hkps port

David Shaw dshaw at
Thu Apr 2 13:35:27 CEST 2009

On Apr 2, 2009, at 12:24 AM, Phil Pennock wrote:

> On 2009-04-01 at 22:51 -0400, David Shaw wrote:
>> After some pondering about the proper port for hkps, I think that 443
>> makes the most sense (in other words, use the same port number as
>> https).  The reality is that there was never a particular reason why
>> regular hkp needed to be on port 11371.  The protocol is really http,
>> and may as well have lived on the proper http port.  I don't see a
>> reason to repeat this for hkps, so in the interest of simplicity, 443
>> seems to be the best choice.
> I have a web-server running providing http/https.  I have a keyserver
> running on 11371 and would like to have TLS keyserver support.
> The nearest I could do in this case is to disable SSL support in
> whichever keyserver I run, configure Apache to proxy for that vhost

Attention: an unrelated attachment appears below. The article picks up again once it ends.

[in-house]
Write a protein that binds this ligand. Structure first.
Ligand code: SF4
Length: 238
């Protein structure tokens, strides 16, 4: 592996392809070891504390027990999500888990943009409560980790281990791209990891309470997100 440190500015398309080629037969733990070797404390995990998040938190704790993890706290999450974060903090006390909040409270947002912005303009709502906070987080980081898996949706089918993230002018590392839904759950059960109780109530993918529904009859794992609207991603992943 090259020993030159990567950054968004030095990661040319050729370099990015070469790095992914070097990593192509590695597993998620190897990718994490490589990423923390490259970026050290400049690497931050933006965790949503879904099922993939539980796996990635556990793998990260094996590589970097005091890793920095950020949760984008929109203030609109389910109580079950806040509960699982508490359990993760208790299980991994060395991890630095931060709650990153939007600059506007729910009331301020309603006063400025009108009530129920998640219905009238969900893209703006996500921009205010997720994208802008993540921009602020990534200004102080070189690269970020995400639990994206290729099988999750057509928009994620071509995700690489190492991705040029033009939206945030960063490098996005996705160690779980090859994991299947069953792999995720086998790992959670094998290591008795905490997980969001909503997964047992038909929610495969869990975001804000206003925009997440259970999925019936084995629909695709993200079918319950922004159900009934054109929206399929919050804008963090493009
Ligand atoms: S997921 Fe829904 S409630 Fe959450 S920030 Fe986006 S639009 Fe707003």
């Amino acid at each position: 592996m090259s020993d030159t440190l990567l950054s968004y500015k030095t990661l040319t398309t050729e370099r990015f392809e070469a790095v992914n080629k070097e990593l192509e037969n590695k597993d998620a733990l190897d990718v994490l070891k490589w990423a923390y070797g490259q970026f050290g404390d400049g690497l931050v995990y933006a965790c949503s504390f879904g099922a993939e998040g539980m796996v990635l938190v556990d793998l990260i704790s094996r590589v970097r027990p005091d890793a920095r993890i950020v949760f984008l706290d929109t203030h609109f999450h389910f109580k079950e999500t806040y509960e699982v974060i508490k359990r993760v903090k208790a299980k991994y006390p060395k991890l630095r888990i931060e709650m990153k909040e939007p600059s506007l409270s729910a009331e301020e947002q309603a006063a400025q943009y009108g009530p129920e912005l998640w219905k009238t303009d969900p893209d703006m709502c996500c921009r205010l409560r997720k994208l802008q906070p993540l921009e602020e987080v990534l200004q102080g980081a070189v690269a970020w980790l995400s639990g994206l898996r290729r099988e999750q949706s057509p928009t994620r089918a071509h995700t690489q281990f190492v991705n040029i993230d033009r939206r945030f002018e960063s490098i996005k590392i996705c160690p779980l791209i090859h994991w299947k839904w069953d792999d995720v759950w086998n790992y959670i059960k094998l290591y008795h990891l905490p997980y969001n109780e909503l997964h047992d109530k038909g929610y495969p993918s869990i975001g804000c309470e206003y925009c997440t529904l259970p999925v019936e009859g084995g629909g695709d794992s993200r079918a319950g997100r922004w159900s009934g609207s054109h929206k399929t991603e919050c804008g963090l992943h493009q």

> and
> find some way to turn off the normal logging, since I don't query-log
> HKP retrievals.  This means that the set-up which respects user- 
> privacy
> is more work to support (given default configurations).
> Since HKP isn't directly for human consumption, does the need to  
> tunnel
> everything over the same two ports really stand?
> If you're set on 443, how about using SRV records for hkps, always,  
> and
> only have 443 be the fallback port in the absence of SRV records?
>  IN SRV 10 10 11372

I'm certainly not set on anything, yet.  I'm just proposing.  This is  
one of those unfortunate problems where there is no one solution that  
makes everyone happy.  We may have to be satisfied with least- 
unhappy. ;)

In terms of SRV, I'm all for it.  The catch is that libcurl doesn't  
support them (which actually makes sense, however unfortunate it is  
for this immediate problem - SRV was often proposed, but never  
formally standardized for HTTP).  No reason we can't support it in hkp/ 
hkps, of course.  I already have some code to support SRV for the non- 
curl HTTP handler in GPG, and it would be reasonably simple to port  
this over to dereference (for example) hkps:// into 

We could thus guarantee that hkps supports SRV from day one.


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